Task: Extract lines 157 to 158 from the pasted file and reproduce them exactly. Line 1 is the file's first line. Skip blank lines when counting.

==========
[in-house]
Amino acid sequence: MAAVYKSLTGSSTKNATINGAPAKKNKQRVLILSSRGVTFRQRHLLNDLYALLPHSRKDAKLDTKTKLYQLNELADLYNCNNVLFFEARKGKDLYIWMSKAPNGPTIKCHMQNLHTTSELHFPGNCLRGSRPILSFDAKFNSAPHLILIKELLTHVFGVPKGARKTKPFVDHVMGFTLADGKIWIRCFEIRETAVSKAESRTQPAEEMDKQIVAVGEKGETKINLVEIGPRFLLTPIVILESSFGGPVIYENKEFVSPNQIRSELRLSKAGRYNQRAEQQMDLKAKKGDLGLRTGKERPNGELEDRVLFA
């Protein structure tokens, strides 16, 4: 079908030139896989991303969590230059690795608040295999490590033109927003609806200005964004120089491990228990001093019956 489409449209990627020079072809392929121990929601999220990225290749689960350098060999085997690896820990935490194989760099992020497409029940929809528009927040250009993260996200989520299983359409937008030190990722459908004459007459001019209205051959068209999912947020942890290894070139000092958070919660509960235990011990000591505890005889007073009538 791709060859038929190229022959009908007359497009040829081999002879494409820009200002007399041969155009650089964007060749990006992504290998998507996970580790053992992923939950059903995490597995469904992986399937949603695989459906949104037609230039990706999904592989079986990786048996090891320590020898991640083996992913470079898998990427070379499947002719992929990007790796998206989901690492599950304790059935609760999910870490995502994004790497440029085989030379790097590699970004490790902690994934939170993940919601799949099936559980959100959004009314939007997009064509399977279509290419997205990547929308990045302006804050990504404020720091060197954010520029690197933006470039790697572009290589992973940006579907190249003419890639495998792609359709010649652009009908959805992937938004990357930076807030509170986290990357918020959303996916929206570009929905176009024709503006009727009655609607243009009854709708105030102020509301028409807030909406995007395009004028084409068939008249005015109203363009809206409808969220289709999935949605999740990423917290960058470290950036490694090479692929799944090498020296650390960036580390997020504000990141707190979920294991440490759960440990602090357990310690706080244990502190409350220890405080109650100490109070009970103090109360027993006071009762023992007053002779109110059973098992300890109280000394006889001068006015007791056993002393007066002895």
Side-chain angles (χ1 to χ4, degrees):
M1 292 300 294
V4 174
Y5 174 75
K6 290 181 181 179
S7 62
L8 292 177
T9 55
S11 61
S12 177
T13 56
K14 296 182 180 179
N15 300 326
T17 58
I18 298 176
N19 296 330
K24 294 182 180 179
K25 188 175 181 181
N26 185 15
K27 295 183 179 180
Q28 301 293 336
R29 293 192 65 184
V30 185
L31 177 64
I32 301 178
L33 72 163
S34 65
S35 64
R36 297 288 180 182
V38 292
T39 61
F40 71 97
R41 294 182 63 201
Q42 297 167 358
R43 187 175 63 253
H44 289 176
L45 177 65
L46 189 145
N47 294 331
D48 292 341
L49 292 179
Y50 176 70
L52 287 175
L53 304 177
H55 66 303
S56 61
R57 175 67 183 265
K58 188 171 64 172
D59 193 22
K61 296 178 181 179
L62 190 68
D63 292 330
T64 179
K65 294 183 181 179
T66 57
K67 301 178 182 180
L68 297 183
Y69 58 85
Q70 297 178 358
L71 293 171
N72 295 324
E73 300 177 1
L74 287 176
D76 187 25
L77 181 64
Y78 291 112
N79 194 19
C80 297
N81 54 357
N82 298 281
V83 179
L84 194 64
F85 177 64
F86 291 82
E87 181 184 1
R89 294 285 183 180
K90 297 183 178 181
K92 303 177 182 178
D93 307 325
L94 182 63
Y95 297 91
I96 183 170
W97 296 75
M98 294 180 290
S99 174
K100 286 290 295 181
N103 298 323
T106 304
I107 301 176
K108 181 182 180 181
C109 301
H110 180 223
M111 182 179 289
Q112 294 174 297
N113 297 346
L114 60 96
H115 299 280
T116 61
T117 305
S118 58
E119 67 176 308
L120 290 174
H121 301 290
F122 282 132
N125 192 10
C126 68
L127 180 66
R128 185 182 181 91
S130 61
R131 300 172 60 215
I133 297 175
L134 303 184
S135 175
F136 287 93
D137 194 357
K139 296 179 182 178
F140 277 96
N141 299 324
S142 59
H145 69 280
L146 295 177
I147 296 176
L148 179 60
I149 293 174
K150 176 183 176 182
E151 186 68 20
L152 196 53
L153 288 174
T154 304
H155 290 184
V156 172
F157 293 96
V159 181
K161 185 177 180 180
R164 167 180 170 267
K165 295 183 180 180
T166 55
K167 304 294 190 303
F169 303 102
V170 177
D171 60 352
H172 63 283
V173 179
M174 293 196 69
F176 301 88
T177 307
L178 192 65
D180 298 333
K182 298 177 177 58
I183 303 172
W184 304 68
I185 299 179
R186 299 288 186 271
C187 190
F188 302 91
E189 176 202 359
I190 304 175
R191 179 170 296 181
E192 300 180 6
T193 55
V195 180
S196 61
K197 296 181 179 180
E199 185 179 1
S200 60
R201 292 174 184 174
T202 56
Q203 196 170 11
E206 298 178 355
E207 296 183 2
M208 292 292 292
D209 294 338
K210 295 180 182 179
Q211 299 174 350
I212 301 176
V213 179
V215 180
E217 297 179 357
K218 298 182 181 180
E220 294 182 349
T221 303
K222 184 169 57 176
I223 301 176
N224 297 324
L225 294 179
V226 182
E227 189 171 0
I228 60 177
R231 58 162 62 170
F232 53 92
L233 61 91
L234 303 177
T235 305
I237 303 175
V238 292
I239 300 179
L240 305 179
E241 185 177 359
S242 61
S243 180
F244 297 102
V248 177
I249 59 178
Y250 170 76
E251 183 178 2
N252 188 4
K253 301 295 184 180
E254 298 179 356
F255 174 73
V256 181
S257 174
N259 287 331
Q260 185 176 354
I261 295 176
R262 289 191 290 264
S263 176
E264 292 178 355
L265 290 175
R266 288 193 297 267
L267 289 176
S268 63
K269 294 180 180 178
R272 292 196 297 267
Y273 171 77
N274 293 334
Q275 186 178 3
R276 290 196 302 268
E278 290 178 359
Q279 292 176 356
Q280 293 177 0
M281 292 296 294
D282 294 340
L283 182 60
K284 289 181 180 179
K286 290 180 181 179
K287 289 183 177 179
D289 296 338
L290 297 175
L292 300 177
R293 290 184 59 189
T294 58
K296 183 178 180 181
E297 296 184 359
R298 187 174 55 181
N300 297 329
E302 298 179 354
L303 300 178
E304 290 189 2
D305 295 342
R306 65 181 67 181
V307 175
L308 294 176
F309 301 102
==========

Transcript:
C187 190
F188 302 91